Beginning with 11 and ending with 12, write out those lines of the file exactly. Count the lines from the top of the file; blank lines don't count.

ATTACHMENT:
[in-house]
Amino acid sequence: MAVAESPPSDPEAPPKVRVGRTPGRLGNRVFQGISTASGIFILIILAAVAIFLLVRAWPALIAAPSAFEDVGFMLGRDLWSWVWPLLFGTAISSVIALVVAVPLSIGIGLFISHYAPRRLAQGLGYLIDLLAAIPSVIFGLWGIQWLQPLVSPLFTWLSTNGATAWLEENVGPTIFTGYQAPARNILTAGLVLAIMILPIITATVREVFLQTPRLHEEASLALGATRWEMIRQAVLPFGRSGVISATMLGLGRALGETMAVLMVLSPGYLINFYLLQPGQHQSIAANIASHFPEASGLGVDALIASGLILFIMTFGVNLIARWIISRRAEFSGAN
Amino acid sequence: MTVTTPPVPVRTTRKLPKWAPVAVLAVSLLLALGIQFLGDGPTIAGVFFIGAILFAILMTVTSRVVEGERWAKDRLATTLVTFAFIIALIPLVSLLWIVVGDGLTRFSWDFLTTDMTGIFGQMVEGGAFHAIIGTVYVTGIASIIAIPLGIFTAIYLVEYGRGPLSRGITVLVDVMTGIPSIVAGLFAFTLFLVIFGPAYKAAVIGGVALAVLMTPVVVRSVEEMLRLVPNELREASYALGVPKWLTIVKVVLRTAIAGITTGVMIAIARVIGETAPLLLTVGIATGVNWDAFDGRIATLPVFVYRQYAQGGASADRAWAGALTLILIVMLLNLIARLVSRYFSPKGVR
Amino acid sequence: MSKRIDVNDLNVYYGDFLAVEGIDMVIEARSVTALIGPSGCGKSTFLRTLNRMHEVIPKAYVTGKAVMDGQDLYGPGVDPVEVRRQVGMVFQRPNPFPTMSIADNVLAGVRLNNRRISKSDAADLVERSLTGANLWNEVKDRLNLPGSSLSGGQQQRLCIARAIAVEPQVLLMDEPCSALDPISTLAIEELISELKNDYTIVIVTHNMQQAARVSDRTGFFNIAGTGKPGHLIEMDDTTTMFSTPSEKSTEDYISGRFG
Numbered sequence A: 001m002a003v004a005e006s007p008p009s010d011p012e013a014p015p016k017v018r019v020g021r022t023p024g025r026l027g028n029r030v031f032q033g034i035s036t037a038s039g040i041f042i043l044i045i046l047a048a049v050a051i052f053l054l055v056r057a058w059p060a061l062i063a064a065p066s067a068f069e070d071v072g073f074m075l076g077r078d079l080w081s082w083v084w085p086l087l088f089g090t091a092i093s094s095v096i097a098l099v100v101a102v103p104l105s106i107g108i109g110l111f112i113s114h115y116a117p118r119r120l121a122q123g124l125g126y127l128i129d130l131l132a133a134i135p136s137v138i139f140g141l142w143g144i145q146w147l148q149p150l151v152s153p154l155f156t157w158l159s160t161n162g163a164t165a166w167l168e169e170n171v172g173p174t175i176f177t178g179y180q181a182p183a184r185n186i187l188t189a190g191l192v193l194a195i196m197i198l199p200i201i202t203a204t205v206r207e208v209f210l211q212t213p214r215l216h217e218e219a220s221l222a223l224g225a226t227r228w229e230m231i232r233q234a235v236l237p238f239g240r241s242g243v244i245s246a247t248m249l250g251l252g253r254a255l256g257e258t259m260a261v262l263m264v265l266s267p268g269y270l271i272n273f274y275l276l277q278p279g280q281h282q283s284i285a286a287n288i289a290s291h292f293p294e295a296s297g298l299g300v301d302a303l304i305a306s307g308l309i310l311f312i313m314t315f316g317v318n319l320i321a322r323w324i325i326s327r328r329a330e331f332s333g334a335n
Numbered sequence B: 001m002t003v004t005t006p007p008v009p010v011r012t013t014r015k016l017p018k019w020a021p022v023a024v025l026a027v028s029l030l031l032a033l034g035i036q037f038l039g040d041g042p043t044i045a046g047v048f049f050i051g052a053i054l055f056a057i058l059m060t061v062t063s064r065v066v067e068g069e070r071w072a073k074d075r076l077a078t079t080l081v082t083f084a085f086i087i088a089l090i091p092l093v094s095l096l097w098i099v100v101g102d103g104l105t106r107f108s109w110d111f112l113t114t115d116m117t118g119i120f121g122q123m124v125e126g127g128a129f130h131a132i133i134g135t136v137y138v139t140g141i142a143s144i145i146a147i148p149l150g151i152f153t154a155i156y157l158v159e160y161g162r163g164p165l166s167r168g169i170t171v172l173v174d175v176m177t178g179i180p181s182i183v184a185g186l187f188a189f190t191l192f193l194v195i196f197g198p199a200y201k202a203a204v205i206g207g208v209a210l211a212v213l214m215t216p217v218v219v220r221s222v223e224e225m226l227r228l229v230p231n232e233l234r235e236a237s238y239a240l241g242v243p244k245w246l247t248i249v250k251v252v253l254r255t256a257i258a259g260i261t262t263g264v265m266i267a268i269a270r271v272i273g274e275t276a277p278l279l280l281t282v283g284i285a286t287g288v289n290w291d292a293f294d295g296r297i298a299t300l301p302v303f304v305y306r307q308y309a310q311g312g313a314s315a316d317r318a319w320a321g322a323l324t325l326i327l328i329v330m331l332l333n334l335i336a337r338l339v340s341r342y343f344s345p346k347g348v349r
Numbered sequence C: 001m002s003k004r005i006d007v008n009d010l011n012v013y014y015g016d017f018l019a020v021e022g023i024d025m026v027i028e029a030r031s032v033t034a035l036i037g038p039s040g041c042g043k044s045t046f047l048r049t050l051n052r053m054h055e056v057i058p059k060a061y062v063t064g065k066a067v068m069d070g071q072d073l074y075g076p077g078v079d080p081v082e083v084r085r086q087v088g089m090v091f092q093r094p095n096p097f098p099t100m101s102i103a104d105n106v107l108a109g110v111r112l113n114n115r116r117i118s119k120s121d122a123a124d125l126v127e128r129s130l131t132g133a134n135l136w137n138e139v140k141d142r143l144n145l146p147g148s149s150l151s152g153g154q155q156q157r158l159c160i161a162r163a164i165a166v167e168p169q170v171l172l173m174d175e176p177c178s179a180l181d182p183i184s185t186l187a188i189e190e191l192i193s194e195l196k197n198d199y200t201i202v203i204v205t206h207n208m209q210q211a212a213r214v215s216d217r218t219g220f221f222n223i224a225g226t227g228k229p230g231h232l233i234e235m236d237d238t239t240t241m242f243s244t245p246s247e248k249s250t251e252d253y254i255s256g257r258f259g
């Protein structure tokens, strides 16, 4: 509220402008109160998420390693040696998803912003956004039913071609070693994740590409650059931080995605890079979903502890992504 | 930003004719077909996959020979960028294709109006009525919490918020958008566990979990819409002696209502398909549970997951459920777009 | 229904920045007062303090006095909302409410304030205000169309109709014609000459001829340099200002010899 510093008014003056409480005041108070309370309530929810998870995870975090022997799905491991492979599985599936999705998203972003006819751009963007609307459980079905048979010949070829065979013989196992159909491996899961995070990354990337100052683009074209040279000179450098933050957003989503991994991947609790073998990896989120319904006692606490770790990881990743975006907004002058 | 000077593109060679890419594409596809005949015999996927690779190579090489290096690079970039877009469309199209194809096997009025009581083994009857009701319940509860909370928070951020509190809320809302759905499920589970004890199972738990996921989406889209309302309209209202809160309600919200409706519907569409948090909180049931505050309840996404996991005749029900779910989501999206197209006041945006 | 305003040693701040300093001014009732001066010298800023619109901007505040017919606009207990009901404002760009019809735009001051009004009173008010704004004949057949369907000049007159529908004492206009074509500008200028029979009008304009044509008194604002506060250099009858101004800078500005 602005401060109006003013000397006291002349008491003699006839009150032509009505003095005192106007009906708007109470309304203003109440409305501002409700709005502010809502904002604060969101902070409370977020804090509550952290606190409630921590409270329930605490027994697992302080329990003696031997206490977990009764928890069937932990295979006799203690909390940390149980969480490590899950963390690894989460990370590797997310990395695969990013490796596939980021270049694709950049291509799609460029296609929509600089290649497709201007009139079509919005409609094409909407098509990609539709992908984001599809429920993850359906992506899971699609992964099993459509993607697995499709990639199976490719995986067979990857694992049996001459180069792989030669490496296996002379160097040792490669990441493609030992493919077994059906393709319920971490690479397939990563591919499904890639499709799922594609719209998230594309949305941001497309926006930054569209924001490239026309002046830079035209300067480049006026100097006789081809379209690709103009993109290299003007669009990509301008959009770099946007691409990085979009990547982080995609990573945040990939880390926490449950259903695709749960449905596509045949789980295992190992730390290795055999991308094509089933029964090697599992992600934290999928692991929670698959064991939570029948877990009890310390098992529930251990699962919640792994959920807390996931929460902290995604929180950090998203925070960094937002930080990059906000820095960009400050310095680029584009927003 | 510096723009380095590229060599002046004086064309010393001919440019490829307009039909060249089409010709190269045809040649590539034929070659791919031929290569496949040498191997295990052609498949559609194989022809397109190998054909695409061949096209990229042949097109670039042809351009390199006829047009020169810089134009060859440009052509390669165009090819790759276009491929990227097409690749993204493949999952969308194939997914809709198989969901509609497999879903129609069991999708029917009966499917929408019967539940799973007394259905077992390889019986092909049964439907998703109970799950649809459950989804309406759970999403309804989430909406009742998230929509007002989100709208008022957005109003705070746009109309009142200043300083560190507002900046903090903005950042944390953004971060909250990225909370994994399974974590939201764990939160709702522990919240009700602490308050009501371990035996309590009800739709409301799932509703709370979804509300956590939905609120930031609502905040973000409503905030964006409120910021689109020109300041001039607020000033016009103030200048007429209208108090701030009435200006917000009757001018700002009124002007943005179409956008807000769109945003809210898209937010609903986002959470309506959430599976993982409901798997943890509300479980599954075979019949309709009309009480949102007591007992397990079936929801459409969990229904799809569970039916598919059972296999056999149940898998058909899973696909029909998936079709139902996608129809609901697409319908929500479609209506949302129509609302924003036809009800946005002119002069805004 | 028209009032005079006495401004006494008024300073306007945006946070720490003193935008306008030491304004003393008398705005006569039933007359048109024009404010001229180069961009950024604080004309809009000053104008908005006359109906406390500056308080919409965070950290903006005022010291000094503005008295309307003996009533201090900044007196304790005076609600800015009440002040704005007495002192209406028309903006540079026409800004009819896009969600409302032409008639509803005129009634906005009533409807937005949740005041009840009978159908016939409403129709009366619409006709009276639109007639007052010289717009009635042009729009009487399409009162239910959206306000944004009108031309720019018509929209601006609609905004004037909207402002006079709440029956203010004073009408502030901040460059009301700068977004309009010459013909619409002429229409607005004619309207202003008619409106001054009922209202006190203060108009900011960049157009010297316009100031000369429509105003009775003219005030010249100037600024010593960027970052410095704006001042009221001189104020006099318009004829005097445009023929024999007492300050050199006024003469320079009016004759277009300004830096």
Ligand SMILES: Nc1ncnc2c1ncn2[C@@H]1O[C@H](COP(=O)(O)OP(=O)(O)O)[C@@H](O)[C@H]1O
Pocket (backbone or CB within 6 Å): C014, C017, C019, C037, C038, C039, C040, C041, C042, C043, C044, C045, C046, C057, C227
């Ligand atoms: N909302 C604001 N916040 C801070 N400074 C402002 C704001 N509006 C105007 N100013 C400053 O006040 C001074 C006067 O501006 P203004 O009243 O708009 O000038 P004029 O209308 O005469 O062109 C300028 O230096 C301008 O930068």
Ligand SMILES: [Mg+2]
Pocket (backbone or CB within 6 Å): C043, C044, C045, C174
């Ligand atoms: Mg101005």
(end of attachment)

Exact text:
């Ligand atoms: N909302 C604001 N916040 C801070 N400074 C402002 C704001 N509006 C105007 N100013 C400053 O006040 C001074 C006067 O501006 P203004 O009243 O708009 O000038 P004029 O209308 O005469 O062109 C300028 O230096 C301008 O930068």
Ligand SMILES: [Mg+2]